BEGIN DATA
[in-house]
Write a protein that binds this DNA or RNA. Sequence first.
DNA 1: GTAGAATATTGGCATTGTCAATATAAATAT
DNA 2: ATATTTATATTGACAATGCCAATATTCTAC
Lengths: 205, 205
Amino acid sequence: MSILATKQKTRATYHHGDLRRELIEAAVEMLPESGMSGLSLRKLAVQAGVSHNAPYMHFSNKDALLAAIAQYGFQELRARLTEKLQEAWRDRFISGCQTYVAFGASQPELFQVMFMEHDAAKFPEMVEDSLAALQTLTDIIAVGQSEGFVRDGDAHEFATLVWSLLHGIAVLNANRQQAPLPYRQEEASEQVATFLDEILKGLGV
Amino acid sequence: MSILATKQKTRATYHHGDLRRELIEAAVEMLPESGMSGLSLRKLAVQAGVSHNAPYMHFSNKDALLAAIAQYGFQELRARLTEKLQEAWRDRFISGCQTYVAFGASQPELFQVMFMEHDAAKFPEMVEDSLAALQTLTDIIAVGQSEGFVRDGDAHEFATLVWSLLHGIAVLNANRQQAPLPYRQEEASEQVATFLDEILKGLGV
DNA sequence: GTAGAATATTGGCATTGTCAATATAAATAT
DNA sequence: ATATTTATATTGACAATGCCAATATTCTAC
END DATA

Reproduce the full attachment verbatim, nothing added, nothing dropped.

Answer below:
[in-house]
Write a protein that binds this DNA or RNA. Sequence first.
DNA 1: GTAGAATATTGGCATTGTCAATATAAATAT
DNA 2: ATATTTATATTGACAATGCCAATATTCTAC
Lengths: 205, 205
Amino acid sequence: MSILATKQKTRATYHHGDLRRELIEAAVEMLPESGMSGLSLRKLAVQAGVSHNAPYMHFSNKDALLAAIAQYGFQELRARLTEKLQEAWRDRFISGCQTYVAFGASQPELFQVMFMEHDAAKFPEMVEDSLAALQTLTDIIAVGQSEGFVRDGDAHEFATLVWSLLHGIAVLNANRQQAPLPYRQEEASEQVATFLDEILKGLGV
Amino acid sequence: MSILATKQKTRATYHHGDLRRELIEAAVEMLPESGMSGLSLRKLAVQAGVSHNAPYMHFSNKDALLAAIAQYGFQELRARLTEKLQEAWRDRFISGCQTYVAFGASQPELFQVMFMEHDAAKFPEMVEDSLAALQTLTDIIAVGQSEGFVRDGDAHEFATLVWSLLHGIAVLNANRQQAPLPYRQEEASEQVATFLDEILKGLGV
DNA sequence: GTAGAATATTGGCATTGTCAATATAAATAT
DNA sequence: ATATTTATATTGACAATGCCAATATTCTAC